Lightfoot, Ian Peter and Colston, Belinda and Dahm, R (2000) Reductive destruction of chlorinated organics in molten salt. PhD thesis, De Montfort University.
|Item Type:||Thesis (PhD)|
|Divisions:||College of Science > School of Life Sciences|
|Abstract:||The destruction of hazardous chemicals, and in particular halogenated compounds, has become of significant interest in the last twenty years, as public awareness of Green issues has become more prominant. This work investigates the use of the DuPont process, for the non-oxidative destruction of organohalogens, as an alternative method of disposal for these environmentally hazardous compounds. A small-scale bath was constructed for the generation of a 2% sodium hydride solution in molten sodium hydroxide, by the reaction of hydrogen and metallic sodium. A variety of different halogenated compounds, both aliphatic and aromatic, were immersed in the molten salt of interest, along with respective non-halogenated analogues. The reaction products were analysed using a variety of different analytical techniques including FTIR, IC, GC and GCMS. By identifying these reaction products, possible reaction mechanisms have been postulated. For PVC, it is shown that the immersed polymer undergoes some form of base-accelerated thermal degradation, whilst the immersion of 4-chlorostyrene and poly-4-chlorostyrene apparently leads to an elimination-addition reaction. This results in the formation of the dechlorinated monomer, styrene, which then undergoes further reduction, giving ethyl benzene. The immersion of volatile halogenated compounds, such as chlorobenzene, leads to nucleophilic substitution. However, the presence of the hydride ion is shown to be essential, as the substitution reaction is in competition with volatilisation: no substitution is observed in molten sodium hydroxide alone. The rate of nucleophilic substitution in the presence of hydride is comparable to the rate of volatilisation, resulting in only 50% dechlorination. With non-volatile compounds, 100% dechlorination is observed in both the presence and absence of the hydride ion. However, the rate of dechlorination is significantly faster when the hydride ion is present. The ability of the 2% sodium hydride bath to dechlorinate poly-halogenated compounds is of particular interest, as the DuPont process could be used for the destruction of the more hazardous halogenated compounds such as PCBs and dioxins. Furthermore, due to the non-oxidative properties of the molten salt, no chlorinated gaseous products are observed, including HCl. This would be of major benefit to a method of disposal for halogenated hydrocarbons.|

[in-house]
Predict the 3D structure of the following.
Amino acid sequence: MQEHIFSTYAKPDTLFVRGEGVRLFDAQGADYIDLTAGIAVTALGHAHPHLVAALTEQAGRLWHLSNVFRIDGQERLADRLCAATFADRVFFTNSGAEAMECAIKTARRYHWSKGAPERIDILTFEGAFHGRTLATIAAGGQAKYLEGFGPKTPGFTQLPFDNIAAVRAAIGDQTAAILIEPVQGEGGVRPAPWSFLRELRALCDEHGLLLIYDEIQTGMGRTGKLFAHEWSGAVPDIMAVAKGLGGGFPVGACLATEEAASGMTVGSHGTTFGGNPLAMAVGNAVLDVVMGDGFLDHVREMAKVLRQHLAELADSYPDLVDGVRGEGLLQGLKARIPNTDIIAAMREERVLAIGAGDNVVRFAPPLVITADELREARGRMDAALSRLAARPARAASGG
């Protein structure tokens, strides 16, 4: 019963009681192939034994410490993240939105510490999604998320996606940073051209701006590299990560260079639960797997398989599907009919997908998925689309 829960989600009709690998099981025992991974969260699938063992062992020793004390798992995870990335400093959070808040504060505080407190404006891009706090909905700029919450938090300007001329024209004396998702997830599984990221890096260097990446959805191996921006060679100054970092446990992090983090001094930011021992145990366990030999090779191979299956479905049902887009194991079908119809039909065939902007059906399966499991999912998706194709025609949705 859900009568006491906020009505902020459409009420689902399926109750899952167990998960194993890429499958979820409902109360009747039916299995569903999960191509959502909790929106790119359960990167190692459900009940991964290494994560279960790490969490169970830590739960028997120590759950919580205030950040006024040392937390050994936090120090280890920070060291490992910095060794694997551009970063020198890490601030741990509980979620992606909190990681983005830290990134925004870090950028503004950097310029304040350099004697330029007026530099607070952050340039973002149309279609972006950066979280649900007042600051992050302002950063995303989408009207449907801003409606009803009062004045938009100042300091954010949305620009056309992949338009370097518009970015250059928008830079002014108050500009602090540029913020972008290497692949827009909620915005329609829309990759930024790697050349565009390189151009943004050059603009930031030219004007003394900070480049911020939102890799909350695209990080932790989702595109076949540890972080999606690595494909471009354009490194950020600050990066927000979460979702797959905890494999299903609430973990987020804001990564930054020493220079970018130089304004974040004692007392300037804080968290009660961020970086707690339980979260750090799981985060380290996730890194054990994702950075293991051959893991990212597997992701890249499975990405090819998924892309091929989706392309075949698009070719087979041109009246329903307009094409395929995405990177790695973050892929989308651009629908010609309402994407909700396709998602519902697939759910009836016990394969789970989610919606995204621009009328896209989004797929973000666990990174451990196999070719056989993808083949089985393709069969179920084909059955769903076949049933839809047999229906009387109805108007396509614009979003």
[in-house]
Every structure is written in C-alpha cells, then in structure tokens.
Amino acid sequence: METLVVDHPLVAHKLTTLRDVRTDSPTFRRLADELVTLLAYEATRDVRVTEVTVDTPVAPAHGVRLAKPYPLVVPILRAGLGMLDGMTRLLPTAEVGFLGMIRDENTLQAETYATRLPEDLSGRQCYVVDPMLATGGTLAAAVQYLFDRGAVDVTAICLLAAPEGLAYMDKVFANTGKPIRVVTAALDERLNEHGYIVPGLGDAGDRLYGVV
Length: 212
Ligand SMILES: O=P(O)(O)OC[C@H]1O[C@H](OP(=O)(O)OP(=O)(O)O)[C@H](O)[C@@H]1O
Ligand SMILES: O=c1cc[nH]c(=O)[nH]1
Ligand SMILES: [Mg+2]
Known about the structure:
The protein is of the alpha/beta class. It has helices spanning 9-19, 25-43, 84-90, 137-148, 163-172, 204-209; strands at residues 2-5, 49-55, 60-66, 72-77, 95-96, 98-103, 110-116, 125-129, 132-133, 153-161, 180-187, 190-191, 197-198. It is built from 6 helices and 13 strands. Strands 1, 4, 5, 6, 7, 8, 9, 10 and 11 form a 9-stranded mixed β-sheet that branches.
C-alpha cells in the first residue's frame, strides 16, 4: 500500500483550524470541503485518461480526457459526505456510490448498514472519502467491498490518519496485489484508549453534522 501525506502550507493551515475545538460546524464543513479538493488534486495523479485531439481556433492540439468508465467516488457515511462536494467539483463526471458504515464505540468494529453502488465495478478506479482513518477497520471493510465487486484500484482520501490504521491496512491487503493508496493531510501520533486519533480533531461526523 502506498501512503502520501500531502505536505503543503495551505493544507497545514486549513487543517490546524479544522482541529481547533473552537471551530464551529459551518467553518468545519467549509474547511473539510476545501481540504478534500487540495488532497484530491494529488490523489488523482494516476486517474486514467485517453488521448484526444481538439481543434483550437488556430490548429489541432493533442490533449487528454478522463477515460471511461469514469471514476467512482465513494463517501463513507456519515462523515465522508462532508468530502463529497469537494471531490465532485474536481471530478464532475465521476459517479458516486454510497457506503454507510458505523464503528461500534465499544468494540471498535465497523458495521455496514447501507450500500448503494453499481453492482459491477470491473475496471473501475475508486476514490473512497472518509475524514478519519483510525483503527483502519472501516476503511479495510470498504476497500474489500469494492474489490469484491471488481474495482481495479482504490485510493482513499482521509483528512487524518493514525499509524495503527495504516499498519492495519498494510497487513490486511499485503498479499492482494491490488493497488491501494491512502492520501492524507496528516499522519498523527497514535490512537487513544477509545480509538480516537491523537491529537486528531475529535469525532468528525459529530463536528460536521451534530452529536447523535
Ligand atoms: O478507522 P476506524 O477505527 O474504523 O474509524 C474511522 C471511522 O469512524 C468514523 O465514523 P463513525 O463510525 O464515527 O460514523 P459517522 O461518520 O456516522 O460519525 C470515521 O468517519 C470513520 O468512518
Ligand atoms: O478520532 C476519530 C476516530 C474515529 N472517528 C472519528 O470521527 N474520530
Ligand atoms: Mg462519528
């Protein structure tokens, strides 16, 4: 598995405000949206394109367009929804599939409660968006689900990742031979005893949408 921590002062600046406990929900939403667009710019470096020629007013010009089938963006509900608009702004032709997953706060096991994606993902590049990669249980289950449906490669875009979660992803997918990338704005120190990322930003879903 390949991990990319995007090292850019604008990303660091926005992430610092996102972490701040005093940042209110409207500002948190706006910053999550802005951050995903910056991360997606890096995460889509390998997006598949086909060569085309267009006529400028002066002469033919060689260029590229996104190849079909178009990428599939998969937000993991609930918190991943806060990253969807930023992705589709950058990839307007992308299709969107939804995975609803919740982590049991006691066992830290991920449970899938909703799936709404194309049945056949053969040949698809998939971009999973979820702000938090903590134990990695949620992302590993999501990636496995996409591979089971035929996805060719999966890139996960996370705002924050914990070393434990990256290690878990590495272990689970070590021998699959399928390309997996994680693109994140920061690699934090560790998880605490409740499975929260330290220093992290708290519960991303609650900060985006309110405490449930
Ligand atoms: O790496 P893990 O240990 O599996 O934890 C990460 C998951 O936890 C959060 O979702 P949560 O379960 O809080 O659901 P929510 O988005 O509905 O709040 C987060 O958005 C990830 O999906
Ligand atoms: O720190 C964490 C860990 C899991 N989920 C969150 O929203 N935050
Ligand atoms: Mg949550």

|Date Deposited:||28 Apr 2012 06:55|
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